3. I love the tapestry analogy, and that you are honoring your husband with your happiness. 🙂

    Soooo….will we see you this month at the California Dreamin’ Conference??

    • Diana Beebe

      Thank you, Jenny! Oh, you know that’s one of my favorite conferences! I wish I could make it this year. March is a crazy busy month. Give everyone hugs for me!

  4. Oh, this is so perfect — did you see that my mom is weaving the fest prizes? 😉 I was humming Carole King’s “Tapestry” as I read your post. So lovely.

    • Diana Beebe

      I did see that about your mom–beautiful work! And now I’m hearing that song. Thank you, August! 🙂

  5. Just under two years before I met my Accomplice, to whom I’ll have been married two decades this August, I held my fiance, Tim, as he died of cystic fibrosis.

    Tim knew, better than I did, that his life wasn’t going to last as long as mine, and he asked me several times during our relationship to please keep living, and that, if someone wanted to love me, and I thought he was worth loving, to please let him.

    When we moved back to my native New York, I brought Jim and our baby son to visit Tim’s grave. He had such a part in making me who I was when I met Jim; I couldn’t have made the journey that connected us, or been what Jim wanted, without loving Tim first. So it felt natural to share that with my husband, and the child we’d created from our love.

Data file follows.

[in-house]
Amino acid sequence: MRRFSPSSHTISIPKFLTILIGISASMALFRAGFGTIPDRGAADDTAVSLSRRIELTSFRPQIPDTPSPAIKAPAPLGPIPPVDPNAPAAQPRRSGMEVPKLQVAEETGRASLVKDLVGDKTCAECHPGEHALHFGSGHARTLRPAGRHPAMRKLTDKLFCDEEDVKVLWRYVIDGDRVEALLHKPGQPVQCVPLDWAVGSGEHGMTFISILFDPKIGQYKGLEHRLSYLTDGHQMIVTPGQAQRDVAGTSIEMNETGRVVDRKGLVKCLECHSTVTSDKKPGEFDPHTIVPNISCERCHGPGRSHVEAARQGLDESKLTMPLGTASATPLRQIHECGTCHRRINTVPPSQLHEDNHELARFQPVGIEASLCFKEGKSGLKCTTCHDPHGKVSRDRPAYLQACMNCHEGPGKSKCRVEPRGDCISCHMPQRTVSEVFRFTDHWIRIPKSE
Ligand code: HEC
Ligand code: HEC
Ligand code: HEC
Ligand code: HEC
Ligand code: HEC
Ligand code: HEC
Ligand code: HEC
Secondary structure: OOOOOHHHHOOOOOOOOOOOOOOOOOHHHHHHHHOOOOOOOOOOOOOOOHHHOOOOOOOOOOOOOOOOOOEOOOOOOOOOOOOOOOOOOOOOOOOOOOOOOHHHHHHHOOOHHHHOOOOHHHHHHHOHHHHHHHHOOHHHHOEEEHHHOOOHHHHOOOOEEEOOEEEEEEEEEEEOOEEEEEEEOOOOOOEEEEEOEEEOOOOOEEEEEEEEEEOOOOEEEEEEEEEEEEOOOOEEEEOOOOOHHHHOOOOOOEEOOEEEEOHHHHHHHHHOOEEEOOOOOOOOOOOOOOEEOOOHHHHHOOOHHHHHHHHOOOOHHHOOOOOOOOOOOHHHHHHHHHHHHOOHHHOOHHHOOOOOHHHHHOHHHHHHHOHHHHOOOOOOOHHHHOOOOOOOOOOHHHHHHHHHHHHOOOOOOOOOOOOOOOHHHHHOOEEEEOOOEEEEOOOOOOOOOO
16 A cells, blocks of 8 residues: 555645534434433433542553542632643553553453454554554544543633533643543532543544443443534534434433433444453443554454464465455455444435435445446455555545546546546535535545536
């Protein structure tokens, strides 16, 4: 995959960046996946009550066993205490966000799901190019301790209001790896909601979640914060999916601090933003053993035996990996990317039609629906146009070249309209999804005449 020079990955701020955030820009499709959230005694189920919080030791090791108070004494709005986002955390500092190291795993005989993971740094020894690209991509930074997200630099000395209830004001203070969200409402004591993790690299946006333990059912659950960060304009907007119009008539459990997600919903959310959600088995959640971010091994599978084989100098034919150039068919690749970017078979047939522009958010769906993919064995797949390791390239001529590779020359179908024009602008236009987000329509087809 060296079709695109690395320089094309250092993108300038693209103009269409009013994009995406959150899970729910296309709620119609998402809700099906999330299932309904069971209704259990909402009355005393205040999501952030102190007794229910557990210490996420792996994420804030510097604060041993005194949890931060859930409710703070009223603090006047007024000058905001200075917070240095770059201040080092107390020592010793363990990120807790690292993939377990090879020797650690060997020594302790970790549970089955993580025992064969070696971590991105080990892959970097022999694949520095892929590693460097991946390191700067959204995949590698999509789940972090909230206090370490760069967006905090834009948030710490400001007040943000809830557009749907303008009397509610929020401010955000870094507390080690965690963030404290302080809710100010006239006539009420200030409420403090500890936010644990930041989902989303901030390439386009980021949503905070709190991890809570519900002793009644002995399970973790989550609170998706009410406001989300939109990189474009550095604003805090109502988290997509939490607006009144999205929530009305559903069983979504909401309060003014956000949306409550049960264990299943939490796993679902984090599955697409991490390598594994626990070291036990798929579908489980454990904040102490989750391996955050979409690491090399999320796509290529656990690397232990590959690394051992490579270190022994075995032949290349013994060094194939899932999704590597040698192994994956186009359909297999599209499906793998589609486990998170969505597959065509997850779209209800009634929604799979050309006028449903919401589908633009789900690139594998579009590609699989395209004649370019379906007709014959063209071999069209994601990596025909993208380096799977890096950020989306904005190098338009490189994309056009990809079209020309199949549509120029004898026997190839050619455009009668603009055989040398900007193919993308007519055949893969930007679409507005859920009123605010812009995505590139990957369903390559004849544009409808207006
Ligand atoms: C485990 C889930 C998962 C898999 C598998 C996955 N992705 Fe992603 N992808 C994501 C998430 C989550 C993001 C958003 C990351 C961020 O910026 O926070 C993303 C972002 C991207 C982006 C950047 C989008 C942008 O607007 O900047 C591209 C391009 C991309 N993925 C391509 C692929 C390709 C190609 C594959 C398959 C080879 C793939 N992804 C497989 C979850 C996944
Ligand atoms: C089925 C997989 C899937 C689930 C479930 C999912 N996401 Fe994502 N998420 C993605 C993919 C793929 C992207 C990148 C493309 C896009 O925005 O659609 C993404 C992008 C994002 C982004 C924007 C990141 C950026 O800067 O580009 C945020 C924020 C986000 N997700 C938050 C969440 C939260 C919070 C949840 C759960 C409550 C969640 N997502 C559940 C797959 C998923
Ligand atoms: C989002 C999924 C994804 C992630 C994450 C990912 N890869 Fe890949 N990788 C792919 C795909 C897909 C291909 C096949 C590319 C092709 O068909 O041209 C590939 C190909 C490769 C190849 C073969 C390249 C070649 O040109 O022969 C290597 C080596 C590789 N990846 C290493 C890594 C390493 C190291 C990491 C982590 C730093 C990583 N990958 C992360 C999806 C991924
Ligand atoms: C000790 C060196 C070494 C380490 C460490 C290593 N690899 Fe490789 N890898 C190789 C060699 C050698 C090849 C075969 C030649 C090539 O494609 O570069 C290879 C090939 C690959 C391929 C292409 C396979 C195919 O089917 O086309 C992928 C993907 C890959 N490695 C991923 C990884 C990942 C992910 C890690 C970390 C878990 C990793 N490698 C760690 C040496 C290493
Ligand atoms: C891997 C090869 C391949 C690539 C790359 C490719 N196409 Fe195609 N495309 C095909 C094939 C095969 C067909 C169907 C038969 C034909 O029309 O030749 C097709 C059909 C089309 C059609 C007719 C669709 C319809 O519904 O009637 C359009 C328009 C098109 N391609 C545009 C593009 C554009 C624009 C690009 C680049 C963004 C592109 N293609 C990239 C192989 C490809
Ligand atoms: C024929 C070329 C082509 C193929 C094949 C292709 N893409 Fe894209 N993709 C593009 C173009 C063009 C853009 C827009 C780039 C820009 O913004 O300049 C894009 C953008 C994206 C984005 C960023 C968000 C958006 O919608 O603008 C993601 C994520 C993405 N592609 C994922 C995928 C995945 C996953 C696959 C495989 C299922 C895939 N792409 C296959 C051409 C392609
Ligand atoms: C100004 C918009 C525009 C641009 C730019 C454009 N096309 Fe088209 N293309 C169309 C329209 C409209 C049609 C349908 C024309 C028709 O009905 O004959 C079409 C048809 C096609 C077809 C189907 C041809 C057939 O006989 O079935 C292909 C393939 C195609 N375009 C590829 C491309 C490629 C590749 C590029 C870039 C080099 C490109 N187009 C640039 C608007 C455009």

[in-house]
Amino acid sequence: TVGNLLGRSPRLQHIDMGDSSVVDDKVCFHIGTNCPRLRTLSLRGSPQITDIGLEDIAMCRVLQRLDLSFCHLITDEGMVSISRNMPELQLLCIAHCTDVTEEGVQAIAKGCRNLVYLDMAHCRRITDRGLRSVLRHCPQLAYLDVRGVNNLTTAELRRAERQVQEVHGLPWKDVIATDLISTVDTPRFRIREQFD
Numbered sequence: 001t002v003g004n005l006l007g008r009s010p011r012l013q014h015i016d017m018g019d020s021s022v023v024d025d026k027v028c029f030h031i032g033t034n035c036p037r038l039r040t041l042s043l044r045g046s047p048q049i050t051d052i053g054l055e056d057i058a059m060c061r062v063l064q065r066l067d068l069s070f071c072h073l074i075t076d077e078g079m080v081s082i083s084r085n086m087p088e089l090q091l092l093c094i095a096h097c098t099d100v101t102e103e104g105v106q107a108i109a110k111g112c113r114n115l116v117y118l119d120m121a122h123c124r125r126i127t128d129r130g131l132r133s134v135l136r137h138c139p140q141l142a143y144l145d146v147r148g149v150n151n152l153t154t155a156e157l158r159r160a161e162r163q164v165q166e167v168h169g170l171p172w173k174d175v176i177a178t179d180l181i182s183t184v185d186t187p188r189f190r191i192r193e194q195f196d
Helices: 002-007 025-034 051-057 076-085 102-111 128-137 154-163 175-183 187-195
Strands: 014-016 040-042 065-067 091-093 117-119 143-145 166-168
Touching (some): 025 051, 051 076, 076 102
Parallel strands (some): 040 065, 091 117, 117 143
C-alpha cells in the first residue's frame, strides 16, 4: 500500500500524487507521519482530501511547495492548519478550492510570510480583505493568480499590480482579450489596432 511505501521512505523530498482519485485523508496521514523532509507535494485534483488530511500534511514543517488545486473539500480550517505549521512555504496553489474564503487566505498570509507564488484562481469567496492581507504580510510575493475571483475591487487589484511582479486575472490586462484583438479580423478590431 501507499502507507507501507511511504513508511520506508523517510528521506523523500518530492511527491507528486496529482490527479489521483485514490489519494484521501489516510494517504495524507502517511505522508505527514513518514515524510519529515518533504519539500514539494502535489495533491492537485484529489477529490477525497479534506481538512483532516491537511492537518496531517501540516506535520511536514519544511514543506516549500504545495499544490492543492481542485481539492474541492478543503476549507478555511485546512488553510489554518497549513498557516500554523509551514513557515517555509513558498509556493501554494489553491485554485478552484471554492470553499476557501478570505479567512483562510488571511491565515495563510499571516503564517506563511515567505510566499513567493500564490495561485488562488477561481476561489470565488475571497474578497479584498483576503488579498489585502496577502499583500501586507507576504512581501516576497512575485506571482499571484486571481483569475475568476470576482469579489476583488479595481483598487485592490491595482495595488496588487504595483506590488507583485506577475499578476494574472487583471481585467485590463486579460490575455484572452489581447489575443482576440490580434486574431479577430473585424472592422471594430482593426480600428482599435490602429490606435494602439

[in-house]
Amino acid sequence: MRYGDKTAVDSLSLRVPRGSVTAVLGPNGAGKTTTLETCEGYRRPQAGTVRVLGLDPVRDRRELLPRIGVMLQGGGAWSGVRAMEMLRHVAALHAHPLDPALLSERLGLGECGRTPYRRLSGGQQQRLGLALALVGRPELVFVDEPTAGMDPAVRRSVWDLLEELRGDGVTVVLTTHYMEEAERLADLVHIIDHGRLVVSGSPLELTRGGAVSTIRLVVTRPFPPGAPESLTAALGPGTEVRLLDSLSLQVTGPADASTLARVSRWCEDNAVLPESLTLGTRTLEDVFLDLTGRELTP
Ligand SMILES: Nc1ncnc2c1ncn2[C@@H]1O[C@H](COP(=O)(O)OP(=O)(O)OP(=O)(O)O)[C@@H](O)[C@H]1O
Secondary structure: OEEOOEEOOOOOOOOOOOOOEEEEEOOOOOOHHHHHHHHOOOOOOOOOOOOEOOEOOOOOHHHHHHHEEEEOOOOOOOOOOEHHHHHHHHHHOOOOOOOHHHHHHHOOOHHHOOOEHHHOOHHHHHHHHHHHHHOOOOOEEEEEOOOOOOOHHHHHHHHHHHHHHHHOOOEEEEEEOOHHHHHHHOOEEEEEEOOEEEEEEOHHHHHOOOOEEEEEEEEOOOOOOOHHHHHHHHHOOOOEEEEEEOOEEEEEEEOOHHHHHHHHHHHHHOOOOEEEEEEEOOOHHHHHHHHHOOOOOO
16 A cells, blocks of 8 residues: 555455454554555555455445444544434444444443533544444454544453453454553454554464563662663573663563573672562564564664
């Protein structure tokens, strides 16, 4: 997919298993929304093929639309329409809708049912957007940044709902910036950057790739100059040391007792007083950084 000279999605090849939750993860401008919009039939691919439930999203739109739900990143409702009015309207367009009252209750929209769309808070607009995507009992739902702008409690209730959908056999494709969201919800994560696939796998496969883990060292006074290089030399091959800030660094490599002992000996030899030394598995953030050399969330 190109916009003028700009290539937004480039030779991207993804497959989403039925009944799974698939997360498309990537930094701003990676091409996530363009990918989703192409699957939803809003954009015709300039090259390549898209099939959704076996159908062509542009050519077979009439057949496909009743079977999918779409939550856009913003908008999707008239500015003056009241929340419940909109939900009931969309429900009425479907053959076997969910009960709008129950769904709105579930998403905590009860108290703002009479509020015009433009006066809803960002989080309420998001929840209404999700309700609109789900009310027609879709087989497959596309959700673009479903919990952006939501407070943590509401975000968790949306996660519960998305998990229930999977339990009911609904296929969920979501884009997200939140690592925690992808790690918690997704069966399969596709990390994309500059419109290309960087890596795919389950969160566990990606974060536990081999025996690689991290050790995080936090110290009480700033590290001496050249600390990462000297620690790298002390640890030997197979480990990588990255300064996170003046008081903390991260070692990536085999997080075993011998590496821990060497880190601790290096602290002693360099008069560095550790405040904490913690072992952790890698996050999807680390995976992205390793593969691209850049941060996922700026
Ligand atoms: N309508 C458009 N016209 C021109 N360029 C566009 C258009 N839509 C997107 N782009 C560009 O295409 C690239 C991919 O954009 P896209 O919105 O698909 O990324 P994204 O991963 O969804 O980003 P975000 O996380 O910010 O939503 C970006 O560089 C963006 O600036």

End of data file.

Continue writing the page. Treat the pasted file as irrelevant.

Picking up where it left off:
Jim understood that. We’ve never seen a reason to hide the histories that made us from one another.

    But my mother was incensed. She simply couldn’t understand why I would draw any attention at all to that previous love – even though he had done so much to set the pattern of my tapestry.

    I love knowing there are others who do understand. Why we went, why my children know about Tim, and why he will always have his own place within my soul and my tapestry.

    I suspect you’ll also understand when I add that I grieve and celebrate with you, Diana. <3

    • Diana Beebe

      Oh, Shan, your story is beautiful! And I do understand, completely. Thank you for sharing this. <3

  6. Le sigh. I am divorced just a year after 20 years of marriage. It has been such a painful and difficult time for me, but I am starting to come out of it…slowly. Slowly. And I am rediscovering parts of myself, too, that I thought I’d forgotten. Thank you for sharing your words.